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A-List Winners 2013

The top restaurants, shopping, night life, sports and more of the year

(page 8 of 10)



Photo By Jennifer Silverberg

New Family venue: Myseum

283 Lamp & Lantern Village, 636-220-7930,
Before long, St. Louis will be the childcentric museum capital of the world. We already had The Magic House and City Museum, and now there’s Myseum, created by Jana and Jeffrey Deutch. Located in Town & Country, this attraction lets little ones learn science through interaction, whether by navigating a maze, playing music, or digging for dinosaur bones. On a recent visit, we saw one little girl don a tiny white lab coat and toy stethoscope and examine a stuffed giraffe. Hoping to fix his heart, she said, “It’s broken.”


Kids’ Resale Boutique: Sprung

9741 Manchester, 314-918-0575,
First there was Rung, a shop that resells women’s clothing and donates the proceeds to the Women’s Foundation of Greater Saint Louis. Then Rung begat Sprung, a children’s resale store located right next door to its progenitor. Unlike most establishments of this ilk, Sprung is spacious, with comfortable chairs and plenty of room for kids to play. The store is well-stocked with baby clothes, but it also offers sizes up to a juniors 16. And the merchandise includes items such as maternity clothes, toys, strollers,
and furniture.


New Kids’ Clothing Boutique: Egg by Susan Lazar

9757 Clayton, 314-503-0092,
Some stores make you wish you had a whole gaggle of kids to outfit in the latest, greatest fashions. Walk beneath Egg’s chartreuse awning to enter a world of simply designed and simply adorable children’s clothing, and it will happen to you. There are also toys, but it’s the clothes you’ll want. There are baby hoodies for $42, sundresses for $50, swimsuits for $40—alas, high style rarely comes low-priced.


Photo By Kevin A. Roberts

Children’s Book Author: John Hendrix
Young artists aspiring to be successful illustrators flock to Washington University’s Sam Fox School of Design & Visual Arts to learn from Hendrix. Frequently published in The New Yorker, Rolling Stone, and The New York Times, the St. Louis native and father of two has added children’s lit to his résumé. The books he’s illustrated—including John Brown: His Fight for Freedom; Nurse, Soldier, Spy; A Boy Called Dickens; and Abe Lincoln Crosses a Creek—tackle history in a way that children can easily comprehend. He also loves gathering details for his books. “You get to do your own level of scholarship,” he says. “It’s a fun thing as an artist to be a scholar as well—but I’m a JV scholar.” At the Hendrix house, however, access to his books is limited: “I have to ban my children from my books because they want to read them all the time.”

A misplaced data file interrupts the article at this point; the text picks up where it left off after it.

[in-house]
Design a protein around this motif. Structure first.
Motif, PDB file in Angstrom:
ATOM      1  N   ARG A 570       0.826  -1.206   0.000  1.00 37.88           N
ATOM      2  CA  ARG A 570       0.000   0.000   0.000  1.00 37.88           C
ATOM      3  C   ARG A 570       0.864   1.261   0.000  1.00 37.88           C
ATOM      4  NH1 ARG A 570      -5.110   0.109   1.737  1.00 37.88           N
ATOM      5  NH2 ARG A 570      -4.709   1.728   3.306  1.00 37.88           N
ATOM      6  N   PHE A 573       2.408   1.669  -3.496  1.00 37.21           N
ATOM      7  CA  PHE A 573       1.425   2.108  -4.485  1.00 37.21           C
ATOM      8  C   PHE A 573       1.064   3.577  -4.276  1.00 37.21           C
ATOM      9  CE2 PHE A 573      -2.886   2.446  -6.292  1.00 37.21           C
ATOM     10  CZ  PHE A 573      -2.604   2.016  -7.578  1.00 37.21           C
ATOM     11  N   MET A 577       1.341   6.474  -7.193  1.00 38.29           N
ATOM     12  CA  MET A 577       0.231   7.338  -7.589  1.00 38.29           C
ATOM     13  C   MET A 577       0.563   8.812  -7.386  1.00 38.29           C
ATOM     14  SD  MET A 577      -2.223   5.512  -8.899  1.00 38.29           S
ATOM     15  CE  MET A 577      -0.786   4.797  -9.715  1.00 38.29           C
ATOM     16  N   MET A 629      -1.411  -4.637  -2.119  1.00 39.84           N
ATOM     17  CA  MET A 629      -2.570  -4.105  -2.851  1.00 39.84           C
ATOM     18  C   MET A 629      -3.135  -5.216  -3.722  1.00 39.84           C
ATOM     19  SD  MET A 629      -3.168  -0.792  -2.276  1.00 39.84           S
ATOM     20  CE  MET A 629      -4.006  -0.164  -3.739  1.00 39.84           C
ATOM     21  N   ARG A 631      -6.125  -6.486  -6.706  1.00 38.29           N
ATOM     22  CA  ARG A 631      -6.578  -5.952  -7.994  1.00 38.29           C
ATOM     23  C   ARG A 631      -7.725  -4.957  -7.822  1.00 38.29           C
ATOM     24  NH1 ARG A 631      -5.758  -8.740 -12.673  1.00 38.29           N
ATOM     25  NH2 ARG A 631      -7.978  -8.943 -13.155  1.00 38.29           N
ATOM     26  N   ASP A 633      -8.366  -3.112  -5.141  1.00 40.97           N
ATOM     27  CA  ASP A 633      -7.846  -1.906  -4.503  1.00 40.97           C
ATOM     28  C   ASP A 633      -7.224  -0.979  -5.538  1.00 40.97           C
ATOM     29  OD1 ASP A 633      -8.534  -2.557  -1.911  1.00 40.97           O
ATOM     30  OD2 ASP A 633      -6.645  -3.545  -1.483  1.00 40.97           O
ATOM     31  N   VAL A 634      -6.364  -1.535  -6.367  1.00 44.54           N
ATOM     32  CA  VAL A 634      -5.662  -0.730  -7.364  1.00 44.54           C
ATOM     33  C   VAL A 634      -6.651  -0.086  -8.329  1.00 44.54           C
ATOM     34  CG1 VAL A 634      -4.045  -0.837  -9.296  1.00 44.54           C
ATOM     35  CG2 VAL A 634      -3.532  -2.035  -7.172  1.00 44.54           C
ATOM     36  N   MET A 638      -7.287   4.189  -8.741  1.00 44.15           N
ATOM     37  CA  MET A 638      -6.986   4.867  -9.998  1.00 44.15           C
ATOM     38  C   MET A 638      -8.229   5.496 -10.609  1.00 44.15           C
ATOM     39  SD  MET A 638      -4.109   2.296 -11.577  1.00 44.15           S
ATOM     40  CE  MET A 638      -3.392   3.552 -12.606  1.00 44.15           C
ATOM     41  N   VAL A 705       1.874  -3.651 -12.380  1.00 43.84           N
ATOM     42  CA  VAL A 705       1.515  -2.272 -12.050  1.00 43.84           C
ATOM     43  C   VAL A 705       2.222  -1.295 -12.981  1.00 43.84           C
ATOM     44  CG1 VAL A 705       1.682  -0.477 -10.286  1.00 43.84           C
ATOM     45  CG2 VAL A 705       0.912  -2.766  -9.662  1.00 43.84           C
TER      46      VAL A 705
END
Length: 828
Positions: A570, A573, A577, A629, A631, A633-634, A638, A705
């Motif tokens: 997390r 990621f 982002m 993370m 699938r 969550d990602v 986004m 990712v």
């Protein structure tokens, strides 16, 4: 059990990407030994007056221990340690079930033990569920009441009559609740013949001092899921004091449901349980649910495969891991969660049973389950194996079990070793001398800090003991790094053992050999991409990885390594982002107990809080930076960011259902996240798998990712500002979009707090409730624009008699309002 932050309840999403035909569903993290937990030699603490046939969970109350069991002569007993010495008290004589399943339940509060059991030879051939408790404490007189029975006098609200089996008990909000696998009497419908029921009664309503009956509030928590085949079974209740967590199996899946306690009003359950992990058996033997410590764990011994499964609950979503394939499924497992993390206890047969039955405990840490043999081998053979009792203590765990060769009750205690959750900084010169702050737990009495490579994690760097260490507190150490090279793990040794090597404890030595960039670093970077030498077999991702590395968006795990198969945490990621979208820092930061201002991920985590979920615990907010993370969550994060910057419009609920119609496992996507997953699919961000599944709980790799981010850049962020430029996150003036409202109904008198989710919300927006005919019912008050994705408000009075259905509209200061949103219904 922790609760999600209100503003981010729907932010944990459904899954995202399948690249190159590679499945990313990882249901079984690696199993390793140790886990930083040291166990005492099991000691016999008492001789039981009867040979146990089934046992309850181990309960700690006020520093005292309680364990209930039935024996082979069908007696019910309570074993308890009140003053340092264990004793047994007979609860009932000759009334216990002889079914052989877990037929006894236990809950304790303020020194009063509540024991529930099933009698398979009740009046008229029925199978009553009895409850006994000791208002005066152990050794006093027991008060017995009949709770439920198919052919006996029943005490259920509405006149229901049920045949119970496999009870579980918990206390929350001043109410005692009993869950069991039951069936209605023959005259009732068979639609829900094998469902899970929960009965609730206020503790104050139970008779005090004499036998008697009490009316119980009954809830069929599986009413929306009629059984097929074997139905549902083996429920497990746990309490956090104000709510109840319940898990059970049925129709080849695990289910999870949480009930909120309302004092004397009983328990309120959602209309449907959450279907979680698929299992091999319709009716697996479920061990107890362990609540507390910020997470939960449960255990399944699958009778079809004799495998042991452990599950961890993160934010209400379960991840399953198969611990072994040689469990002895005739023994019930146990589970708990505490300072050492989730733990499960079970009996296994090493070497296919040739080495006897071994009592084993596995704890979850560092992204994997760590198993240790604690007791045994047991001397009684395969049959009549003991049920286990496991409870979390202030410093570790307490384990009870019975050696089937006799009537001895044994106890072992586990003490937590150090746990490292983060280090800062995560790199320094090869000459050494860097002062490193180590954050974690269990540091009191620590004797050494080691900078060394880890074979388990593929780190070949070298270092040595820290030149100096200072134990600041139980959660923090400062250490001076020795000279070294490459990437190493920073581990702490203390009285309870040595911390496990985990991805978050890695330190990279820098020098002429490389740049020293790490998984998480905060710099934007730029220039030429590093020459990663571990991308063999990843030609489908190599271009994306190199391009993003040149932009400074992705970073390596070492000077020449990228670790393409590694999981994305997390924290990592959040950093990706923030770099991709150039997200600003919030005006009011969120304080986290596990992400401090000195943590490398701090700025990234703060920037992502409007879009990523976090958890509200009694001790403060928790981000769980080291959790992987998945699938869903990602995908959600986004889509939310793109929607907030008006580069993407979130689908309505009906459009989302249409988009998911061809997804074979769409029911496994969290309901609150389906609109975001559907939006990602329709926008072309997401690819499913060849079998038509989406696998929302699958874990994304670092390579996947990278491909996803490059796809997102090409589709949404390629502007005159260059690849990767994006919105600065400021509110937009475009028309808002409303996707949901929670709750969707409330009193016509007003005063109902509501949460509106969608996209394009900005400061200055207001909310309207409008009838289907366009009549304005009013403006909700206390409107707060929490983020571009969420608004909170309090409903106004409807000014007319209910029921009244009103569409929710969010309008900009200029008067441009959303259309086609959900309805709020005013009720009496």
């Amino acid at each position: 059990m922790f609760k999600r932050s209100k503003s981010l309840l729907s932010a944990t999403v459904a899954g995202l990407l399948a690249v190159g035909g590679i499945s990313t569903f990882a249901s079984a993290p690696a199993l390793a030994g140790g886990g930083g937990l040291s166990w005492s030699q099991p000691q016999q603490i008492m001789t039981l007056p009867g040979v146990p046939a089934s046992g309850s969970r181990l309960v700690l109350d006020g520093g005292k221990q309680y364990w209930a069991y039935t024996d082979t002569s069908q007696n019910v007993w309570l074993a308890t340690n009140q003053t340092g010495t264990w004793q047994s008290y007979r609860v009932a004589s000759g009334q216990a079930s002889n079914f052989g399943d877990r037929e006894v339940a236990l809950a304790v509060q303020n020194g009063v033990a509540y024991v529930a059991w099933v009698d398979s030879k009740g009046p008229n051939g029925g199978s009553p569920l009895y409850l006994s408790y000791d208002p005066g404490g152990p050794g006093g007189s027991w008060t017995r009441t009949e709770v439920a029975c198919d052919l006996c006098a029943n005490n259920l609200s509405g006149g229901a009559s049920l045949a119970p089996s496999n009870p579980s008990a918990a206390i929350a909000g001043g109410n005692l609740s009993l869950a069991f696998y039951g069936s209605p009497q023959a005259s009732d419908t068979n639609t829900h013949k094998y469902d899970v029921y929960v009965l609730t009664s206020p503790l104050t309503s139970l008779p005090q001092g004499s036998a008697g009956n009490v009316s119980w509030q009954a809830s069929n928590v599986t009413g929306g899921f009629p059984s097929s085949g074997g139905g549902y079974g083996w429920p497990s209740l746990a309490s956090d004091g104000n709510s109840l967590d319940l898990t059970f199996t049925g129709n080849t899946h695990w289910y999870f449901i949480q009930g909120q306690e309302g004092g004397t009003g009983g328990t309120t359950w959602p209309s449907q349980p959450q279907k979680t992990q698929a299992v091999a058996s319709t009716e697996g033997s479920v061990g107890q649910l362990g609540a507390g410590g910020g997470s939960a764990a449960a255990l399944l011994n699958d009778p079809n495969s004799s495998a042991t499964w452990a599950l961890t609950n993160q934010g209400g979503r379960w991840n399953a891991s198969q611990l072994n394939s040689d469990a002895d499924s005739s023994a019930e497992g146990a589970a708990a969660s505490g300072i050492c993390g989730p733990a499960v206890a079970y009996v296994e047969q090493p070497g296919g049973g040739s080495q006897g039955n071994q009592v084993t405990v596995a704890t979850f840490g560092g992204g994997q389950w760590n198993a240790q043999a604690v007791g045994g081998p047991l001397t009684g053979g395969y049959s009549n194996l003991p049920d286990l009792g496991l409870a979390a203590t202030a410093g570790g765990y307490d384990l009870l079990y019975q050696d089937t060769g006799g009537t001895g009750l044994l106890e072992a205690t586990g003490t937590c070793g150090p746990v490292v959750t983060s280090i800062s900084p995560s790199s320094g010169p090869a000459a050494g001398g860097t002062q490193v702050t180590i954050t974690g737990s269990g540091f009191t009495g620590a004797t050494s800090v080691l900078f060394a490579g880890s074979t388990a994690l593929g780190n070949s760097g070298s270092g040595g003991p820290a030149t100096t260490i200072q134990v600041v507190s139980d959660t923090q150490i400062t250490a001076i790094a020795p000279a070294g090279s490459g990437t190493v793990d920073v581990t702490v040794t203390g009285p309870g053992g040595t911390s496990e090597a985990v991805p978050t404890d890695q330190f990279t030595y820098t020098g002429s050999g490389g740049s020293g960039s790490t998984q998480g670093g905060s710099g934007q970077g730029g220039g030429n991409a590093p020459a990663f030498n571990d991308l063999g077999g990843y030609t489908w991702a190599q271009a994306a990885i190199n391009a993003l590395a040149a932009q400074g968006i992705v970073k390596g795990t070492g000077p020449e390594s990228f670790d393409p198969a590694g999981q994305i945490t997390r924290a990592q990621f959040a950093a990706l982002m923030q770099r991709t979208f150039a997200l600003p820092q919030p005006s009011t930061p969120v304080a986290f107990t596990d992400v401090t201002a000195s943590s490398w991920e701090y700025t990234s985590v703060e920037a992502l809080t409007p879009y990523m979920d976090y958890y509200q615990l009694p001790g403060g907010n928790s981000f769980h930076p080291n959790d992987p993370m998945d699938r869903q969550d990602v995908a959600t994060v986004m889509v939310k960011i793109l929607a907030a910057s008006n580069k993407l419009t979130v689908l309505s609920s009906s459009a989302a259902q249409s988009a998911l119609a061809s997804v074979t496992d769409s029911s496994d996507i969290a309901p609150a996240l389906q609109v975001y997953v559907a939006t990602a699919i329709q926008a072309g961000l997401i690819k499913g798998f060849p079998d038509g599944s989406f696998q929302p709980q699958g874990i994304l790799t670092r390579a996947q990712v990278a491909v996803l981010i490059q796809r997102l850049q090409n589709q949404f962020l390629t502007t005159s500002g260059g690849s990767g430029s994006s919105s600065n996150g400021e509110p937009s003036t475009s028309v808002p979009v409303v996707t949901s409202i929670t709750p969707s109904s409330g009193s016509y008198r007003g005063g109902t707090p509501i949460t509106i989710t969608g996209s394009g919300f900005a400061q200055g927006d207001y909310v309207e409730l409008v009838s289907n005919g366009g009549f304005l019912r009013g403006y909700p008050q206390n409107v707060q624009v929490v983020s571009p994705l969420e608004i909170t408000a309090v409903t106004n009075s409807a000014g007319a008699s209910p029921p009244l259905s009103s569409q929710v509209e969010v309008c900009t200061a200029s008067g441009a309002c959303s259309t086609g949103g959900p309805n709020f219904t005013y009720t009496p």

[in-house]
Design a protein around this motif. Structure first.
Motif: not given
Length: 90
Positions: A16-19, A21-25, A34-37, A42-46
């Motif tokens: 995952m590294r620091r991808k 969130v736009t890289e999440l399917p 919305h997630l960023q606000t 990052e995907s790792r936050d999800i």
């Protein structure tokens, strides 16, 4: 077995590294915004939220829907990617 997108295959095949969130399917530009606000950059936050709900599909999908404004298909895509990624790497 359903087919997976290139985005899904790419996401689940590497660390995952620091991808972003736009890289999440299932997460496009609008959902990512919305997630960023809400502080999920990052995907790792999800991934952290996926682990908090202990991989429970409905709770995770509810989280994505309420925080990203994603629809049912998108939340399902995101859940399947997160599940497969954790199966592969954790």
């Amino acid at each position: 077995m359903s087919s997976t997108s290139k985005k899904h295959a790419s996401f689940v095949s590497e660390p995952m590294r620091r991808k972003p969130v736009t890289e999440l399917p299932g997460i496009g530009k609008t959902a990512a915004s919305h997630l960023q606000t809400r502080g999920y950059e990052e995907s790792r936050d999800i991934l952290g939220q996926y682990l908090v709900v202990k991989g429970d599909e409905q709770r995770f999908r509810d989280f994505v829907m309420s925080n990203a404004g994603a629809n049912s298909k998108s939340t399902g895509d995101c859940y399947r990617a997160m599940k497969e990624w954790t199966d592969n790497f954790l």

Health Program: CATCH Healthy Habits

7710 Carondelet, 314-862-2933,
In an effort to fight the national obesity epidemic, OASIS—the St. Louis–based nonprofit for seniors that’s expanded nationwide over the years—launched CATCH Healthy Habits, a program in which members volunteer to teach elementary-school children about healthy eating and exercise. More than 6,200 children and 900 adult volunteers in 14 states have gone through the classes and worked to adopt healthier lifestyles since the program’s inception in 2011.


Music Program: Children’s Concert Series, Tower Grove Park

4256 Magnolia, 314-771-2679,
It’s a Wednesday morning in midsummer, and you hear your heirs lamenting that there’s nothing special to do. That may be true, unless you grab those little hands and head out to Tower Grove Park’s Piper Palm House. The kids’ concert series there can be enjoyed for free, with seating on a first-come, first-served basis. The series’ July concerts include Sparkling Brass (July 3), Peter and the Wolf (July 10), Stringing Along (July 17), The Bremen Town Musicians (July 24), and The Little Pine Tree (July 31).


Sports Academy: Elite Football Academy

Multiple locations, 636-346-1371,
Want your son to be the next Blaine Gabbert or Robert Steeples? It might help to train where they did. Matt Biermann started the Elite Football Academy in 1999. The St. Louis–based program teaches 5-year-old boys and girls how to play flag football, then offers training up to the collegiate level, for student-athletes who are trying to make it into the pros. “Football is just a vehicle for them to teach and educate them about working hard and developing a sense of self-worth,” Biermann says. “They have a lot of other things they could be doing that are probably a little more fun than what we are asking them to do. But the successes are just awesome.”


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